Bartholin's Gland Cyst – Word Catheter

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  • Treatment of symptomatic Bartholin's gland duct cyst (painful, growing)
  • Treatment of Bartholin's gland abscess
  • Any condition that would preclude incision and drainage of a vulvar cyst or abscess
  • Small asymptomatic glands do not have to be drained.
  • Word catheter (Rusch Inc., Duluth, GA; Milex Inc., Chicago, IL)
  • 3-mL syringe (for catheter inflation)
  • 22-gauge, 1-inch needle (for catheter inflation)
  • 1% to 2% lidocaine for anesthesia
  • 30-gauge, 1½-inch needle (for anesthesia)
  • 3-mL syringe (for anesthesia)
  • No. 11 blade
  • Pickups with teeth
  • Small hemostats (2)
  • 4 × 4-inch gauze pads
  • Normal saline for irrigation
  • Antiseptic solution (povidone-iodine if not allergic)
  • Dressing supplies
  • The Bartholin glands are located between the hymen and the labia minora, and the ducts open in a groove formed at about 5 o'clock and 7 o'clock.
  • Neurovascular supply is provided primarily by the perineal artery and its branches and by the pudendal and perineal nerves.

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The full content of this section includes:
  • Step-by-step text instructions for performing the procedure
  • Clinical pearls providing practical clinical tips from medical experts
  • Patient safety guidelines consistent with Joint Commission and OHSA standards
  • Links to medical evidence and related procedures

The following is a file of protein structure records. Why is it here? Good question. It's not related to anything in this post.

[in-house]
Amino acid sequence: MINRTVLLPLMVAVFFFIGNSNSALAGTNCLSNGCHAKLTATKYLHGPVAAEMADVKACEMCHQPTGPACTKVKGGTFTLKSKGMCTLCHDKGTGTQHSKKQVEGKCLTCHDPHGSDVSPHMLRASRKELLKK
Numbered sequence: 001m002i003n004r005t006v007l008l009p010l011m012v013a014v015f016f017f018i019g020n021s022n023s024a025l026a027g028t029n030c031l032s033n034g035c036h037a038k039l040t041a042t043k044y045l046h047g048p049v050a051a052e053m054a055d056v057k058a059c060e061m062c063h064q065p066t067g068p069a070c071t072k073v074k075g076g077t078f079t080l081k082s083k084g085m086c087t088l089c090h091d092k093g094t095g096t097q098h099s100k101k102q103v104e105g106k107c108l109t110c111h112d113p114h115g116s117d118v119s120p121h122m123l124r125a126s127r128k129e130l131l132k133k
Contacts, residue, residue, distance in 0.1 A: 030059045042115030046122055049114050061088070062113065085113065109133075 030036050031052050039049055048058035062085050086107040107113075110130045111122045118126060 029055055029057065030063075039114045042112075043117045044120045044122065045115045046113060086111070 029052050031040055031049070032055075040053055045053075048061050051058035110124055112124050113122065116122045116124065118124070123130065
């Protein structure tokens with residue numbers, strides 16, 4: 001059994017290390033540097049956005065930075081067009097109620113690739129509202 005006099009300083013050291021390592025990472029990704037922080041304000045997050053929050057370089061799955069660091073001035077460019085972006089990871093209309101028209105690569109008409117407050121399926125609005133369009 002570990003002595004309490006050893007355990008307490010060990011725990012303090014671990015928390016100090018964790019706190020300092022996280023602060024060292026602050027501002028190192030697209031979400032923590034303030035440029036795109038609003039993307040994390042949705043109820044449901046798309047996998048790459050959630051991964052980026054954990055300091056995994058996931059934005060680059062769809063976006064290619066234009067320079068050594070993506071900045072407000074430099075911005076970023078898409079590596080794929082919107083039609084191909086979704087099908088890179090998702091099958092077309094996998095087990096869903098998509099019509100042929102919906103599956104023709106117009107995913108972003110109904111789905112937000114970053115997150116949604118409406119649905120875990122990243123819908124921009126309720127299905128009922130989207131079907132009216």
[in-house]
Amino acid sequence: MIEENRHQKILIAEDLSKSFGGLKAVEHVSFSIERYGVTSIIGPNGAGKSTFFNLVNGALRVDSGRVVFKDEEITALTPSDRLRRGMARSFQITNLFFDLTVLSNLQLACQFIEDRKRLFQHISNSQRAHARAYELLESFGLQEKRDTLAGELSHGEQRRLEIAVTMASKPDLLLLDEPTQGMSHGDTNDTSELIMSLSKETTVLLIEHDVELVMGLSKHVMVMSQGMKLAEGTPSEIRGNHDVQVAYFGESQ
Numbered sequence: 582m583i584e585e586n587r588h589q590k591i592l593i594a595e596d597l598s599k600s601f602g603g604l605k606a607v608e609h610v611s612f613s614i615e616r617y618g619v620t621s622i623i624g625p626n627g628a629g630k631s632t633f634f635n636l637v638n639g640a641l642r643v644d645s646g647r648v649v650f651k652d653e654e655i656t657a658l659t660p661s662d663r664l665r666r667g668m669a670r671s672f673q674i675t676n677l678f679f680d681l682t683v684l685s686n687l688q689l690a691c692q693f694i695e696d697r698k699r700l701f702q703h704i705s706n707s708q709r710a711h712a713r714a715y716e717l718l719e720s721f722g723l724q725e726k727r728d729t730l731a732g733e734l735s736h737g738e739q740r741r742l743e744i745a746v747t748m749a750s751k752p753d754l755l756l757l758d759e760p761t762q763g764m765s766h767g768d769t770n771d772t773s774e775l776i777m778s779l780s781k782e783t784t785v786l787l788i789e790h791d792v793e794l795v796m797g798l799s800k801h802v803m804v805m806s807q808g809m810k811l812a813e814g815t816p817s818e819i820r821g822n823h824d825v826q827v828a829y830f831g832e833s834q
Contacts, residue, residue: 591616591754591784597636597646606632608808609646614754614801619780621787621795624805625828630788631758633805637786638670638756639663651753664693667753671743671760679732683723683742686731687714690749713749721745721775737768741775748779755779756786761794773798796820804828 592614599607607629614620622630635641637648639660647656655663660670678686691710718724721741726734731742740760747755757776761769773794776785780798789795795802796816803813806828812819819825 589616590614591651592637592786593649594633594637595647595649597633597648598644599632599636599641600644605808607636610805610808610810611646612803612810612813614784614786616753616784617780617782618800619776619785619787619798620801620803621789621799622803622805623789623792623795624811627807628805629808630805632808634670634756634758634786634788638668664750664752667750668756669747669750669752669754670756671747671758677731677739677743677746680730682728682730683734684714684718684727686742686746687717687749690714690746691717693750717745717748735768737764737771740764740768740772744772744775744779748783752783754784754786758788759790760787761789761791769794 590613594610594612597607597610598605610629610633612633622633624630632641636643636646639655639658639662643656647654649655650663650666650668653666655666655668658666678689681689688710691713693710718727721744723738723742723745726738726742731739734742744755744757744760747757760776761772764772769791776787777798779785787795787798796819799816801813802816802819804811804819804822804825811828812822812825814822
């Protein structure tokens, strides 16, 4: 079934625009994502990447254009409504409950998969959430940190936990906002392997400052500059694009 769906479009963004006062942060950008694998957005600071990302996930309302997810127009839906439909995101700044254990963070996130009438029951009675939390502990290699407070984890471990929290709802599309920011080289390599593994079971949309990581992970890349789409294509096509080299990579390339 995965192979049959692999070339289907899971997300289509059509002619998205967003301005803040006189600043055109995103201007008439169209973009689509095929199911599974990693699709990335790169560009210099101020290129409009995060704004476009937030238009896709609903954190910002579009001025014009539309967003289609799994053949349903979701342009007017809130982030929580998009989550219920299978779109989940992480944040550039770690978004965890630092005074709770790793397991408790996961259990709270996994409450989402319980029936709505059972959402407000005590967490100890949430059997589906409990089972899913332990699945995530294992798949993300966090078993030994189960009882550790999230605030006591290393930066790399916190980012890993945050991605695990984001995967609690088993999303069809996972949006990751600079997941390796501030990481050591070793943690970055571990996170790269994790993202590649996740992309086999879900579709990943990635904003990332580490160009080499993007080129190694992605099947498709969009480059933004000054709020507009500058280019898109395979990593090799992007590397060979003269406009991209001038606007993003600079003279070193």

• Tell the patient to expect a discharge.
  • Leave the Word catheter in place for 4 to 6 weeks.
  • Advise the patient that sexual activity may be resumed after 2 weeks, but it is best to defer sexual activity until the catheter is removed.
  • Encourage daily showers or tub baths.
  • Schedule a return visit in 4 to 6 weeks. To remove the catheter, evacuate the balloon, and withdraw the catheter from the incision.
  • Creation of a false tract and insertion of the balloon outside the cyst/abscess
  • Partial deflation of the balloon due to inadvertent return of saline to the syringe after inflation of the balloon
  • Continuous pain may occur after insertion of the Word catheter because the bulb is filled too much or is placed improperly.
  • With an abscessed Bartholin's gland, cellulitis may occur around the vulvar opening of the duct; this requires additional antibiotic treatment.
  • If the needle used to introduce the saline into the catheter punctures the stem, the catheter will deflate gradually and will fall out before epithelialization is complete.
  • If the stab wound is too large, the catheter will fall out.
  • Excessive bleeding is rare.
  • Recurrence is always a possibility.
  • Scarring is usually minimal.
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